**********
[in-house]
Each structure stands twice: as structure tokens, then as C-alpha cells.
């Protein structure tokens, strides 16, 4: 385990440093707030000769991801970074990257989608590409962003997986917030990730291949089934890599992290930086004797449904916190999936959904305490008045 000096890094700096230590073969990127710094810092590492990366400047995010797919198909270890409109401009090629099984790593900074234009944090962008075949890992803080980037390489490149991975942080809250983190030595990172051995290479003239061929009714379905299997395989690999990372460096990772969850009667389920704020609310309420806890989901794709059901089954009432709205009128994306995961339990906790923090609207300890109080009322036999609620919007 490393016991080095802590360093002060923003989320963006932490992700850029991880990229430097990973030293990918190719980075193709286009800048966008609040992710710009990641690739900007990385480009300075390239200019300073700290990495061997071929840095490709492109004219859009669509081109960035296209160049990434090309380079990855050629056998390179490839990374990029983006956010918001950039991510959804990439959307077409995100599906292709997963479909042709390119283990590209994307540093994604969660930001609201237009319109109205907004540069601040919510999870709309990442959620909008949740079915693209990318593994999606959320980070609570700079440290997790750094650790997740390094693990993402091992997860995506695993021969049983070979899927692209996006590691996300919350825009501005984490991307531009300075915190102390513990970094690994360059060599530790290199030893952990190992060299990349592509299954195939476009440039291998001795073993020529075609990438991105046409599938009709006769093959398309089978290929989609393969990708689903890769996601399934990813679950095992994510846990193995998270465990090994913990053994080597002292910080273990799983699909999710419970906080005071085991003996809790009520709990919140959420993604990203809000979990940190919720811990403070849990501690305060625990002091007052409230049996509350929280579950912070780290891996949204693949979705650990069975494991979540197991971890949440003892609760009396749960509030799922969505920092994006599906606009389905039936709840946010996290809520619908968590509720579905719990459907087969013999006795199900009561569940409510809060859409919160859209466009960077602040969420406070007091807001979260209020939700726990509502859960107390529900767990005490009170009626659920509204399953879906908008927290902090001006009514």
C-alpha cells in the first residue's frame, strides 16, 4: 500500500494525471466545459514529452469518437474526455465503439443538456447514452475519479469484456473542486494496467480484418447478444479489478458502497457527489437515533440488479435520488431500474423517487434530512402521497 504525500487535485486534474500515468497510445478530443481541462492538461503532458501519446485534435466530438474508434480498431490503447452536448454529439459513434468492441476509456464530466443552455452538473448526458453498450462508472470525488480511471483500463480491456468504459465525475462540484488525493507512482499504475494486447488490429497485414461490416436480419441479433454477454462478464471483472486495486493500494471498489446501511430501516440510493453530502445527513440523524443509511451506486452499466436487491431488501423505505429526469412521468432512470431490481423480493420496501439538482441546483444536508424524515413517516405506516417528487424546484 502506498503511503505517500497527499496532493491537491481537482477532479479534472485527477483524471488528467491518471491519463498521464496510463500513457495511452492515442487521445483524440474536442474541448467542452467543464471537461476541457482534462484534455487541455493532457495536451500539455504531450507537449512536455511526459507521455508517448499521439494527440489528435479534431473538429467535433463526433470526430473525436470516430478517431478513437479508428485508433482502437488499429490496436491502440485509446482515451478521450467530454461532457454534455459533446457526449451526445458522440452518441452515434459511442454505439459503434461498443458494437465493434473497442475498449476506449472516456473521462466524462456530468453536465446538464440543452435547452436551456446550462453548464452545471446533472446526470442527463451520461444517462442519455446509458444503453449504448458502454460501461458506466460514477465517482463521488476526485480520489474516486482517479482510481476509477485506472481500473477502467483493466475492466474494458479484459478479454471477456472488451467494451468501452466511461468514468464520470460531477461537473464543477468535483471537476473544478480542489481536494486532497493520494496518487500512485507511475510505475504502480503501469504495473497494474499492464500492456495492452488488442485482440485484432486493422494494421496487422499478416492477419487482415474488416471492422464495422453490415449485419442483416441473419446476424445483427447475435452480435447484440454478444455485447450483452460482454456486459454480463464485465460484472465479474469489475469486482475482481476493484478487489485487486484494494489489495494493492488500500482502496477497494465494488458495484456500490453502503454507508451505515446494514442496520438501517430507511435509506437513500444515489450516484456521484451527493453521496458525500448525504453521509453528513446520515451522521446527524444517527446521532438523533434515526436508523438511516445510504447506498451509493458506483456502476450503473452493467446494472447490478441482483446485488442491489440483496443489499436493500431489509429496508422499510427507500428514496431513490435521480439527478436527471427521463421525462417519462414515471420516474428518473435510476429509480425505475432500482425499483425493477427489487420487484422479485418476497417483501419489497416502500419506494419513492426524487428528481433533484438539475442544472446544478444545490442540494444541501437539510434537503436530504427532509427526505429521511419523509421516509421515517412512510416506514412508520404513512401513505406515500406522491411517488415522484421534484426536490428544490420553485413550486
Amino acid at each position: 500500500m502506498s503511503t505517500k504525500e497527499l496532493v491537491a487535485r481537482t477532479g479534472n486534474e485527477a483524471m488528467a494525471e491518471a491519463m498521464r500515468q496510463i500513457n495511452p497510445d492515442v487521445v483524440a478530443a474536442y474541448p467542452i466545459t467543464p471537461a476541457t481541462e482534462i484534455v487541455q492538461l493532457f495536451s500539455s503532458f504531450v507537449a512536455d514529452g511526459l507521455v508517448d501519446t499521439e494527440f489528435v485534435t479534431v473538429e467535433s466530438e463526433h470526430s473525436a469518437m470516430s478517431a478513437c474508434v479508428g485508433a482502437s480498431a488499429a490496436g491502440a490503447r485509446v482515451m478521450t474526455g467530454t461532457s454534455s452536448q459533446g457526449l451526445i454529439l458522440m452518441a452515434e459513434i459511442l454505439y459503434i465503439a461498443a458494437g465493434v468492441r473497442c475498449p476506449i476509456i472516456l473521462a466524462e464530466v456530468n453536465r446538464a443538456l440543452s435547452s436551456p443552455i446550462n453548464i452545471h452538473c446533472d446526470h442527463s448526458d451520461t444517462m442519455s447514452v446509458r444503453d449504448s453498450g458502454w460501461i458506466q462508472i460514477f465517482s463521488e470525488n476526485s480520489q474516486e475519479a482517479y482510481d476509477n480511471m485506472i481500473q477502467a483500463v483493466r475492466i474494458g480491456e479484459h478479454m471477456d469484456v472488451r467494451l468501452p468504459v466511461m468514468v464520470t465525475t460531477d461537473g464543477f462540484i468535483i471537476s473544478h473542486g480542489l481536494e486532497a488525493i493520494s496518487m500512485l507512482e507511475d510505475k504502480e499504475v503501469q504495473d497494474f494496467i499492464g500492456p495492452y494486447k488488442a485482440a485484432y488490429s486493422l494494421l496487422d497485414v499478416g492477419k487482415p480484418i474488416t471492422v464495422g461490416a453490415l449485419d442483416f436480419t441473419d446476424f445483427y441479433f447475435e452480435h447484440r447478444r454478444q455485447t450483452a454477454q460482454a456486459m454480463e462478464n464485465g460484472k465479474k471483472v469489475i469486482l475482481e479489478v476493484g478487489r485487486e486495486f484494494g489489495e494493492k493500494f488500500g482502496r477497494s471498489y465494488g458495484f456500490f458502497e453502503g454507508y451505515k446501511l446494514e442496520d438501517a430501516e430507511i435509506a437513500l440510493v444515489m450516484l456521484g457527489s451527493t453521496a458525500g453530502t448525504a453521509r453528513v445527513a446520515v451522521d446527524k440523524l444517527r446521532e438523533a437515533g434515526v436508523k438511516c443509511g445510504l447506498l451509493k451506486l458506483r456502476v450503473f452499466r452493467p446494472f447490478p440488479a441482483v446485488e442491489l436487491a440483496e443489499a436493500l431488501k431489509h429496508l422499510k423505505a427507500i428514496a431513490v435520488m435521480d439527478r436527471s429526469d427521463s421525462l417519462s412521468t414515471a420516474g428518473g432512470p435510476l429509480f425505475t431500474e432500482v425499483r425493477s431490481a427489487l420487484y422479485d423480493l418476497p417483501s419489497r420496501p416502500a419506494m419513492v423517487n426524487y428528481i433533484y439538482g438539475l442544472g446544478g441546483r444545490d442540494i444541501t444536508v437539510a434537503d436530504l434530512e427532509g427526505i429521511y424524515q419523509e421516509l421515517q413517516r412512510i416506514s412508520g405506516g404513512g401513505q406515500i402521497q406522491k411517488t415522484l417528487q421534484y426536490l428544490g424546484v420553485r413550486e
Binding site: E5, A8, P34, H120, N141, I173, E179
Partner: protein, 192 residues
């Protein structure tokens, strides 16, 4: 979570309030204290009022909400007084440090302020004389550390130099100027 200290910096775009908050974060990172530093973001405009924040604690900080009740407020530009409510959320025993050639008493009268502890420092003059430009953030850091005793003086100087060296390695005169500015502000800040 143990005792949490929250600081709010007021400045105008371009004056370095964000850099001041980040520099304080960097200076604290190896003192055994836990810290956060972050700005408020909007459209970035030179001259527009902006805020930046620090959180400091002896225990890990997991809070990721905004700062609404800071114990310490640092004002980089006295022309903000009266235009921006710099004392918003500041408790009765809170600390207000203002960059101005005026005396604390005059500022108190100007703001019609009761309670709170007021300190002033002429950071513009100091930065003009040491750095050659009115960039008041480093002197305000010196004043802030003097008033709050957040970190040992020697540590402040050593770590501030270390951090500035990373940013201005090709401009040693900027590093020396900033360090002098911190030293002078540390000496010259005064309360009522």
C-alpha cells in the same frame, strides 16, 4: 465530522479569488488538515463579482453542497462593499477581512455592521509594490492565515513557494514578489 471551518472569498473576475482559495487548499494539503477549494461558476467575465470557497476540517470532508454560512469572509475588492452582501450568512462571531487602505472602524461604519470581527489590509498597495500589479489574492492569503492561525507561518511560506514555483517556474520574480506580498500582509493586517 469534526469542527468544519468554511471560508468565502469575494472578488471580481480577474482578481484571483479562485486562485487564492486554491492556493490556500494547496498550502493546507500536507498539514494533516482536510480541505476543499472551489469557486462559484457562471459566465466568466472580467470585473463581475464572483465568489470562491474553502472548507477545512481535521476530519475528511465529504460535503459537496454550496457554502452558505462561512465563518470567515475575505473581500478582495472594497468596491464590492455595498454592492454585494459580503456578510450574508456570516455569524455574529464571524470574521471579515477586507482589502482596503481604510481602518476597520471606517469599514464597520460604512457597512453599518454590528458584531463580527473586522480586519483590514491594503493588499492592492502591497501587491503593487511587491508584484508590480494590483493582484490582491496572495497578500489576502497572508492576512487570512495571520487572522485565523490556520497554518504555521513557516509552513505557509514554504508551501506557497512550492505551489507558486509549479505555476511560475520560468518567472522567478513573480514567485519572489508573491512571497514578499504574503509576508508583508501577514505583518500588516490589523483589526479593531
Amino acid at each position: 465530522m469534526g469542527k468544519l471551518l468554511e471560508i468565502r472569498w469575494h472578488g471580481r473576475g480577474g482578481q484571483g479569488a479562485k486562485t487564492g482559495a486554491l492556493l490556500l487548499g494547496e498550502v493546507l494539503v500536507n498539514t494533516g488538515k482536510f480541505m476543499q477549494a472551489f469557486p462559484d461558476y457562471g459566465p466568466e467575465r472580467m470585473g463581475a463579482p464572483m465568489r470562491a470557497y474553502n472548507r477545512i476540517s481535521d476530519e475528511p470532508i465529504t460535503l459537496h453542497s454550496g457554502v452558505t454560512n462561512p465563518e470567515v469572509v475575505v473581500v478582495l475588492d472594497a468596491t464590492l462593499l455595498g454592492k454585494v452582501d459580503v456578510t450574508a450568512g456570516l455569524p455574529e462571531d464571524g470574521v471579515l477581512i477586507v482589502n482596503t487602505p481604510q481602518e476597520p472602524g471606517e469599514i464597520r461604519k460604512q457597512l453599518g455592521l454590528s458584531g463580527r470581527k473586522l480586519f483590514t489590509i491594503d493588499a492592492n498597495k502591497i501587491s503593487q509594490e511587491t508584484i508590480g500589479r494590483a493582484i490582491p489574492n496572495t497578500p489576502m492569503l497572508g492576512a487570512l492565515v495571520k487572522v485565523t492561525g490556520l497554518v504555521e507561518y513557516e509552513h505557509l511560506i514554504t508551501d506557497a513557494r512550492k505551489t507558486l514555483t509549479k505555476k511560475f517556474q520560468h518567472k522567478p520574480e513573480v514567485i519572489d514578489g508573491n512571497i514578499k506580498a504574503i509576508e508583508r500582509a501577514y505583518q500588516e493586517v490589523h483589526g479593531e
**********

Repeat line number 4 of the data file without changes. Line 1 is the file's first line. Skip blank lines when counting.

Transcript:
C-alpha cells in the first residue's frame, strides 16, 4: 500500500494525471466545459514529452469518437474526455465503439443538456447514452475519479469484456473542486494496467480484418447478444479489478458502497457527489437515533440488479435520488431500474423517487434530512402521497 504525500487535485486534474500515468497510445478530443481541462492538461503532458501519446485534435466530438474508434480498431490503447452536448454529439459513434468492441476509456464530466443552455452538473448526458453498450462508472470525488480511471483500463480491456468504459465525475462540484488525493507512482499504475494486447488490429497485414461490416436480419441479433454477454462478464471483472486495486493500494471498489446501511430501516440510493453530502445527513440523524443509511451506486452499466436487491431488501423505505429526469412521468432512470431490481423480493420496501439538482441546483444536508424524515413517516405506516417528487424546484 502506498503511503505517500497527499496532493491537491481537482477532479479534472485527477483524471488528467491518471491519463498521464496510463500513457495511452492515442487521445483524440474536442474541448467542452467543464471537461476541457482534462484534455487541455493532457495536451500539455504531450507537449512536455511526459507521455508517448499521439494527440489528435479534431473538429467535433463526433470526430473525436470516430478517431478513437479508428485508433482502437488499429490496436491502440485509446482515451478521450467530454461532457454534455459533446457526449451526445458522440452518441452515434459511442454505439459503434461498443458494437465493434473497442475498449476506449472516456473521462466524462456530468453536465446538464440543452435547452436551456446550462453548464452545471446533472446526470442527463451520461444517462442519455446509458444503453449504448458502454460501461458506466460514477465517482463521488476526485480520489474516486482517479482510481476509477485506472481500473477502467483493466475492466474494458479484459478479454471477456472488451467494451468501452466511461468514468464520470460531477461537473464543477468535483471537476473544478480542489481536494486532497493520494496518487500512485507511475510505475504502480503501469504495473497494474499492464500492456495492452488488442485482440485484432486493422494494421496487422499478416492477419487482415474488416471492422464495422453490415449485419442483416441473419446476424445483427447475435452480435447484440454478444455485447450483452460482454456486459454480463464485465460484472465479474469489475469486482475482481476493484478487489485487486484494494489489495494493492488500500482502496477497494465494488458495484456500490453502503454507508451505515446494514442496520438501517430507511435509506437513500444515489450516484456521484451527493453521496458525500448525504453521509453528513446520515451522521446527524444517527446521532438523533434515526436508523438511516445510504447506498451509493458506483456502476450503473452493467446494472447490478441482483446485488442491489440483496443489499436493500431489509429496508422499510427507500428514496431513490435521480439527478436527471427521463421525462417519462414515471420516474428518473435510476429509480425505475432500482425499483425493477427489487420487484422479485418476497417483501419489497416502500419506494419513492426524487428528481433533484438539475442544472446544478444545490442540494444541501437539510434537503436530504427532509427526505429521511419523509421516509421515517412512510416506514412508520404513512401513505406515500406522491411517488415522484421534484426536490428544490420553485413550486